A Towson couple charged with child abuse late last year in the death of their 2-year-old son were indicted yesterday on first-degree murder charges.
Murder charges were filed against John J. Griffin and Susan Griffin of Rodgers Forge after a state medical examiner determined that the toddler died of starvation, said Baltimore County prosecutor Robin S. Coffin.The couple's son, Andrew Patrick Griffin, weighed about 13 pounds -- roughly the weight of a typical 3-month-old -- when he died Dec. 26 at St. Joseph Medical Center.
When the boy's father brought him to the hospital, he was "cold to the touch and unresponsive," according to court documents. His body was covered with bruises and abrasions, and he appeared malnourished and dehydrated.
John Griffin, 39, and Susan Griffin, 38, were charged with child abuse after emergency room doctors found Andrew's injuries suspicious and police found what they believed was blood on clothes, walls and the ceiling of the couple's bedroom.
A grand jury indicted them yesterday on one count each of first-degree murder and first-degree child abuse that resulted in death.
"It's a horrible case," said Coffin, a deputy state's attorney for Baltimore County. "It's really tragic."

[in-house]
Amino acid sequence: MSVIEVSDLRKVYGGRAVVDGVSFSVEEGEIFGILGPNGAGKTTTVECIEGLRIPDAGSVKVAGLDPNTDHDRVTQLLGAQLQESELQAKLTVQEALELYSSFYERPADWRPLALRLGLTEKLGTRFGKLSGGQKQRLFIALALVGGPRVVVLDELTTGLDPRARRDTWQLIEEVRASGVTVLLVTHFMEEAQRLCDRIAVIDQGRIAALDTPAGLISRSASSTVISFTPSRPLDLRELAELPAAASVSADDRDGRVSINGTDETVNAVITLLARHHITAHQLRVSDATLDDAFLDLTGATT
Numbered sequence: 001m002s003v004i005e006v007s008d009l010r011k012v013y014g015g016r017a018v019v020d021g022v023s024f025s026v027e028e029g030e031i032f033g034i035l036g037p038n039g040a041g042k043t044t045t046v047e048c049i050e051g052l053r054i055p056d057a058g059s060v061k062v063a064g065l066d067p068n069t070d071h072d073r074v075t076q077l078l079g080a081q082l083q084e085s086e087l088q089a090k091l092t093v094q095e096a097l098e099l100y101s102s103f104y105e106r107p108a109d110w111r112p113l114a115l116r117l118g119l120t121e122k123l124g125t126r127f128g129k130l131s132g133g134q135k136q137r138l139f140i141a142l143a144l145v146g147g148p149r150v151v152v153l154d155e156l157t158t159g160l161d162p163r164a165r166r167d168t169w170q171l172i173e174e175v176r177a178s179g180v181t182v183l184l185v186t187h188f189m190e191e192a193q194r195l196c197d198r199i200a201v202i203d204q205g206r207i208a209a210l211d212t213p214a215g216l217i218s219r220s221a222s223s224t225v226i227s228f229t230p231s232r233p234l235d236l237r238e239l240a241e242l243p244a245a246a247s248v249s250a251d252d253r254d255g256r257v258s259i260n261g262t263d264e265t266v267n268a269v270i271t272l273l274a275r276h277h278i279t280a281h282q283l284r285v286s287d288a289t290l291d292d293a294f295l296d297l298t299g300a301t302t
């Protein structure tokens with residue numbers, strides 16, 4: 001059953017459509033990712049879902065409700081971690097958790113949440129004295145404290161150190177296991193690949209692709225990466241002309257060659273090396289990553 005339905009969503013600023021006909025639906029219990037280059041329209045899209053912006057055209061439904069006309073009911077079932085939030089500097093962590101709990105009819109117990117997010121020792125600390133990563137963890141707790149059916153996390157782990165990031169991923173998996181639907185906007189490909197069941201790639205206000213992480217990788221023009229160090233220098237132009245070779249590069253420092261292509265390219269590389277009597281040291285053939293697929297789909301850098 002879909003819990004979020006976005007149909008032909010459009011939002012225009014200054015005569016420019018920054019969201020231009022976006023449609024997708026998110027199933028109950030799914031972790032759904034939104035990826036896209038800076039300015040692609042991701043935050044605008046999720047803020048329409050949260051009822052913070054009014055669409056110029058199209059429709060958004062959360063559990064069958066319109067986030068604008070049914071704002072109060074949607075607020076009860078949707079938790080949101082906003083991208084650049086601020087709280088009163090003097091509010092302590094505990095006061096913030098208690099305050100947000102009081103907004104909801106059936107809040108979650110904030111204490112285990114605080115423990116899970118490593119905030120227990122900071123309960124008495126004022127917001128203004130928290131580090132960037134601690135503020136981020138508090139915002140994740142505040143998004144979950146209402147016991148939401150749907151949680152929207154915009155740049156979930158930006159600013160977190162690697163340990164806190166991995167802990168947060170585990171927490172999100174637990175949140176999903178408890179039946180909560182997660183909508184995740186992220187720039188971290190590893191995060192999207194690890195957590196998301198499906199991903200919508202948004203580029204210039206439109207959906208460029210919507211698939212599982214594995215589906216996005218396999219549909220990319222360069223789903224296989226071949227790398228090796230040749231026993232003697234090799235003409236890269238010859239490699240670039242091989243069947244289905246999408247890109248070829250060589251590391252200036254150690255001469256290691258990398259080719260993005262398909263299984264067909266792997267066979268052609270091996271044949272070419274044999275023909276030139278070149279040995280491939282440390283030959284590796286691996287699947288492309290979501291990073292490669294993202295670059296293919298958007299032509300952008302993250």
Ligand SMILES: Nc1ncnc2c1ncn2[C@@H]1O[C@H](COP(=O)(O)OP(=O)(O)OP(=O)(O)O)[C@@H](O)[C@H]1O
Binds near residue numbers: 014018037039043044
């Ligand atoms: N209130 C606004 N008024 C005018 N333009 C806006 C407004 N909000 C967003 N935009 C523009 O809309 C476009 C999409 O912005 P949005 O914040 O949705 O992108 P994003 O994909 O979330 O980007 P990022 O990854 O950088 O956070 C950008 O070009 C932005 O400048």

Joseph Murtha, an attorney for the child's father, said that he had not yet seen the autopsy report but that the case is headed for trial.
"I anticipate that the allegations will be resolved by 12 people making a decision," he said, alluding to jury deliberations. "The state obviously controls the charging decisions, but the ultimate outcome will be determined by some other individuals."
Attempts to reach the lawyer representing Susan Griffin were unsuccessful yesterday.
John Griffin, a computer systems engineer, is being held at the Baltimore County Detention Center on $1.5 million bail. His wife, a stay-at-home mother, is being held on $1 million bail.
The couple have four other children, who were 10, 9, 4 and 1 at the time of Andrew's death. Authorities said at the time of the couple's arrest that the siblings were divided between relatives and foster care.